Chemokines in the Pathogenesis of Asthma. Asthma represents a serious health problem particularly for inner city children. Recent studies have identified that many of the asthmatic attacks are triggered by exposure to cockroach allergens however, the mediators within the lung that dictate progression of disease have still not been fully defined. While many potential mediators have been examined previously, asthma still exacts a toll on the patients. More specific, targeted therapy has the potential to improve the treatment of asthma by identifying those mediators directly responsible for the pathogenesis of the disease. This project will test the hypothesis that asthma-like pulmonary injury is mediated by the local production of chemokines. Chemokines are small molecular weight peptides which induce the chemotaxis and recruitment of inflammatory cells. They are powerful mediators with long lasting and potent biological activities. Our first specific aim will determine the acute and chronic pulmonary inflammation that develops after direct injection of the chemokines into the lung. The assessment of the injury will include histologic and morphometric analysis as well as an assessment of the innervation of the airways. The second specific aim will develop a mouse model of asthma-like pulmonary inflammation in response to cockroach allergens. This model will be established by locating households with high levels of cockroach allergens (done in conjunction with the other two research projects) and using this material to immunize the mice. The mice will be challenged by exposure to aerosols containing the dust with the cockroach allergens and the pulmonary injury carefully quantitated including an analysis of innervation of the airways. Our third specific aim will investigate the biochemical pathways responsible for the upregulation of the chemokines in cells sensitized and then challenged with cockroach allergens. We will focus on reactive oxygen and reactive nitrogen intermediates since they have been demonstrated to increased the transcription of chemokines. Our last specific aim will rigorously test the central hypothesis that chemokines are important in the pathogenesis of asthma. This will be tested by blocking the biological activity of the chemokines with specific neutralizing antibodies and determining if there is a reduction in the pulmonary inflammation induced by repeated exposures to the cockroach allergens. Successful completion of our project will both delineate the underlying mechanisms of disease and identify potential novel targets for intervention.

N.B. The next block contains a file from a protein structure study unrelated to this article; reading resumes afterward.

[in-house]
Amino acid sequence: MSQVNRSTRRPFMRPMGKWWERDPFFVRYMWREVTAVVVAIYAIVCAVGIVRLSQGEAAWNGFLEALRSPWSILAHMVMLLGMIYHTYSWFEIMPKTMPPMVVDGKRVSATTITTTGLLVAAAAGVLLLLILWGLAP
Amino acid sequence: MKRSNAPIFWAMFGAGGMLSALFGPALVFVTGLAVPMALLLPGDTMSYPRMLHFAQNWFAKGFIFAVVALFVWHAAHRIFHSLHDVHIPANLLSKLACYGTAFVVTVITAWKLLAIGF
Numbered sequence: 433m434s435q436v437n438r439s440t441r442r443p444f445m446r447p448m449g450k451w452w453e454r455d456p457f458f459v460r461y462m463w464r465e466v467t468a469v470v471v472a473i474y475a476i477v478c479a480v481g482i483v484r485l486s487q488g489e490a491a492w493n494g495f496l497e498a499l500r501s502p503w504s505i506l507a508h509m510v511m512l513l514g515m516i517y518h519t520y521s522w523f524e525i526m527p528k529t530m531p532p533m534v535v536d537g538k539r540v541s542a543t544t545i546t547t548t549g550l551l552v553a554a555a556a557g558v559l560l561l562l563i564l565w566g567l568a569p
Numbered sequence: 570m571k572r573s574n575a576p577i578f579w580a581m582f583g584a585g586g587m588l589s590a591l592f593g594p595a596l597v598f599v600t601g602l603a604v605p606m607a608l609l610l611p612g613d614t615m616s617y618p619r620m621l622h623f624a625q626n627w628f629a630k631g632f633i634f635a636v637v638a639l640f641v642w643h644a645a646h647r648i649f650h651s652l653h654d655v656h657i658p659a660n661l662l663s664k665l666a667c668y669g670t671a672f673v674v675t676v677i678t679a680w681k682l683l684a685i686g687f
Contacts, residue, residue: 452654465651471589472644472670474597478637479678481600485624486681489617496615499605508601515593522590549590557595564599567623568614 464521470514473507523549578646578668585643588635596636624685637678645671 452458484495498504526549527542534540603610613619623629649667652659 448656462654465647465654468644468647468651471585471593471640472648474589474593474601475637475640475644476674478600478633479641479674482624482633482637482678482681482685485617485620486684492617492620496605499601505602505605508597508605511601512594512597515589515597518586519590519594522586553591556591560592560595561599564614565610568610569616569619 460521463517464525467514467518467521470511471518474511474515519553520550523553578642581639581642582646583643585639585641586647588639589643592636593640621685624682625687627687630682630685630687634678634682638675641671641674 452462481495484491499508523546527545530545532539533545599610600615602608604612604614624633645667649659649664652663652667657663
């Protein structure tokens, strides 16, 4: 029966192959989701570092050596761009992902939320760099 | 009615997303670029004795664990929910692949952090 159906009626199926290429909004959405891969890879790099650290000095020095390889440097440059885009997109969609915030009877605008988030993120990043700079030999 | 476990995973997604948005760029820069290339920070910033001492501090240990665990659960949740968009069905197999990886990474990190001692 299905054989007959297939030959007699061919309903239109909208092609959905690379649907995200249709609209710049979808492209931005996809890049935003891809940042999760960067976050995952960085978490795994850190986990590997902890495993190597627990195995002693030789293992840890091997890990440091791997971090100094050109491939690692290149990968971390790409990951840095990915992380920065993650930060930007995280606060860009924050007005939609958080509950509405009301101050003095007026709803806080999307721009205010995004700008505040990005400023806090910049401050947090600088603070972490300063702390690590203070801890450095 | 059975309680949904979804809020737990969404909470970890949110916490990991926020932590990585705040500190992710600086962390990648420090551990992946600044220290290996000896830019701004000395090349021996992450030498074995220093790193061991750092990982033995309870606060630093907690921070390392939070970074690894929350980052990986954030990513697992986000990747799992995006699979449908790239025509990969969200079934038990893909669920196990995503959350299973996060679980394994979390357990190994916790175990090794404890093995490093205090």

National Institute of Health (NIH)
National Institute of Environmental Health Sciences (NIEHS)
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University of Michigan Ann Arbor
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